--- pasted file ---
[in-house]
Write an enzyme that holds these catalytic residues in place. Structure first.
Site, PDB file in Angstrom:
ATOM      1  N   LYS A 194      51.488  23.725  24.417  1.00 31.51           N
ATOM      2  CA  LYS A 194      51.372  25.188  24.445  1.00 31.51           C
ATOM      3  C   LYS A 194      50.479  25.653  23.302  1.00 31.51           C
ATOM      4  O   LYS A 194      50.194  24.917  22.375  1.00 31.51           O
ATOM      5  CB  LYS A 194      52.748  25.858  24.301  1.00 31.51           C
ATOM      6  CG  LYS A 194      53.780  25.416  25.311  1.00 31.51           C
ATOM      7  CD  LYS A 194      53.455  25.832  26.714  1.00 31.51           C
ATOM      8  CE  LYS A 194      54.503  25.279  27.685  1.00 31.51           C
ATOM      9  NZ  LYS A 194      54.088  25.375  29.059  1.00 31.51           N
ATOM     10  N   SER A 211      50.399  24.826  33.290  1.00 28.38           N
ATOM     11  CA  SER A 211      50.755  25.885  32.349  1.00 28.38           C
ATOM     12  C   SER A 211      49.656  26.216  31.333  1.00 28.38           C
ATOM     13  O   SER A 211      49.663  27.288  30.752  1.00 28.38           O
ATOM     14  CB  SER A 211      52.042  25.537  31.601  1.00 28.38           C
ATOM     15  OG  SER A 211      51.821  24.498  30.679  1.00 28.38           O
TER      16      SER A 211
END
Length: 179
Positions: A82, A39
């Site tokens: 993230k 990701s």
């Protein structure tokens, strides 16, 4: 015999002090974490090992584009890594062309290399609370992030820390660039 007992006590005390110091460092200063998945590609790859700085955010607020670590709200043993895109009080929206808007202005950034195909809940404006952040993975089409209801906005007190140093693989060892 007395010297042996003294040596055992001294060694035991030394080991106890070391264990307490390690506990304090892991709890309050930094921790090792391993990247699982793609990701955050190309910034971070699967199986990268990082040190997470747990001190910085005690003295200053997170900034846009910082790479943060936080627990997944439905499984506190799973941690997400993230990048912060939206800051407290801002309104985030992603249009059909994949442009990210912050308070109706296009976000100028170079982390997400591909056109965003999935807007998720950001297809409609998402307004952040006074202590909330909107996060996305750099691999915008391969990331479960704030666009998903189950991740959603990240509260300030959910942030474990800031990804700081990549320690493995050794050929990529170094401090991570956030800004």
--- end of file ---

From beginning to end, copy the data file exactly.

[in-house]
Write an enzyme that holds these catalytic residues in place. Structure first.
Site, PDB file in Angstrom:
ATOM      1  N   LYS A 194      51.488  23.725  24.417  1.00 31.51           N
ATOM      2  CA  LYS A 194      51.372  25.188  24.445  1.00 31.51           C
ATOM      3  C   LYS A 194      50.479  25.653  23.302  1.00 31.51           C
ATOM      4  O   LYS A 194      50.194  24.917  22.375  1.00 31.51           O
ATOM      5  CB  LYS A 194      52.748  25.858  24.301  1.00 31.51           C
ATOM      6  CG  LYS A 194      53.780  25.416  25.311  1.00 31.51           C
ATOM      7  CD  LYS A 194      53.455  25.832  26.714  1.00 31.51           C
ATOM      8  CE  LYS A 194      54.503  25.279  27.685  1.00 31.51           C
ATOM      9  NZ  LYS A 194      54.088  25.375  29.059  1.00 31.51           N
ATOM     10  N   SER A 211      50.399  24.826  33.290  1.00 28.38           N
ATOM     11  CA  SER A 211      50.755  25.885  32.349  1.00 28.38           C
ATOM     12  C   SER A 211      49.656  26.216  31.333  1.00 28.38           C
ATOM     13  O   SER A 211      49.663  27.288  30.752  1.00 28.38           O
ATOM     14  CB  SER A 211      52.042  25.537  31.601  1.00 28.38           C
ATOM     15  OG  SER A 211      51.821  24.498  30.679  1.00 28.38           O
TER      16      SER A 211
END
Length: 179
Positions: A82, A39
């Site tokens: 993230k 990701s």
């Protein structure tokens, strides 16, 4: 015999002090974490090992584009890594062309290399609370992030820390660039 007992006590005390110091460092200063998945590609790859700085955010607020670590709200043993895109009080929206808007202005950034195909809940404006952040993975089409209801906005007190140093693989060892 007395010297042996003294040596055992001294060694035991030394080991106890070391264990307490390690506990304090892991709890309050930094921790090792391993990247699982793609990701955050190309910034971070699967199986990268990082040190997470747990001190910085005690003295200053997170900034846009910082790479943060936080627990997944439905499984506190799973941690997400993230990048912060939206800051407290801002309104985030992603249009059909994949442009990210912050308070109706296009976000100028170079982390997400591909056109965003999935807007998720950001297809409609998402307004952040006074202590909330909107996060996305750099691999915008391969990331479960704030666009998903189950991740959603990240509260300030959910942030474990800031990804700081990549320690493995050794050929990529170094401090991570956030800004």